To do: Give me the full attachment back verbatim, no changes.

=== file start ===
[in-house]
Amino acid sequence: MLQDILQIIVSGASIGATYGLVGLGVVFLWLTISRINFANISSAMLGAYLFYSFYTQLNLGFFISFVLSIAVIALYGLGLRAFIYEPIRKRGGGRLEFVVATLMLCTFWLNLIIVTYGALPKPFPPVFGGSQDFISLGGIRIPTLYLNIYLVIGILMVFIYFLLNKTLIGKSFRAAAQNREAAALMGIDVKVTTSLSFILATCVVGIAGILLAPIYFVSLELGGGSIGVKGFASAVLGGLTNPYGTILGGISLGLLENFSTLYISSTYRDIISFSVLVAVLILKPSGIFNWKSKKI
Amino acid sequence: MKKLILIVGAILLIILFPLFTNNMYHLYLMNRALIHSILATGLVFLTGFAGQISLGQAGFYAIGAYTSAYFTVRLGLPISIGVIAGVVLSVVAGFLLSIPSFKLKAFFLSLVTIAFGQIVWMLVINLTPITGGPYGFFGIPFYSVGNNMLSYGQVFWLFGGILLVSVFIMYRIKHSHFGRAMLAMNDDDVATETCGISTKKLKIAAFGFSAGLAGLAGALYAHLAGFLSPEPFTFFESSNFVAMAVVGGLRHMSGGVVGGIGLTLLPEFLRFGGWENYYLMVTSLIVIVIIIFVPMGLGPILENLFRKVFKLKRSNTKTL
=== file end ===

[in-house]
Amino acid sequence: MLQDILQIIVSGASIGATYGLVGLGVVFLWLTISRINFANISSAMLGAYLFYSFYTQLNLGFFISFVLSIAVIALYGLGLRAFIYEPIRKRGGGRLEFVVATLMLCTFWLNLIIVTYGALPKPFPPVFGGSQDFISLGGIRIPTLYLNIYLVIGILMVFIYFLLNKTLIGKSFRAAAQNREAAALMGIDVKVTTSLSFILATCVVGIAGILLAPIYFVSLELGGGSIGVKGFASAVLGGLTNPYGTILGGISLGLLENFSTLYISSTYRDIISFSVLVAVLILKPSGIFNWKSKKI
Amino acid sequence: MKKLILIVGAILLIILFPLFTNNMYHLYLMNRALIHSILATGLVFLTGFAGQISLGQAGFYAIGAYTSAYFTVRLGLPISIGVIAGVVLSVVAGFLLSIPSFKLKAFFLSLVTIAFGQIVWMLVINLTPITGGPYGFFGIPFYSVGNNMLSYGQVFWLFGGILLVSVFIMYRIKHSHFGRAMLAMNDDDVATETCGISTKKLKIAAFGFSAGLAGLAGALYAHLAGFLSPEPFTFFESSNFVAMAVVGGLRHMSGGVVGGIGLTLLPEFLRFGGWENYYLMVTSLIVIVIIIFVPMGLGPILENLFRKVFKLKRSNTKTL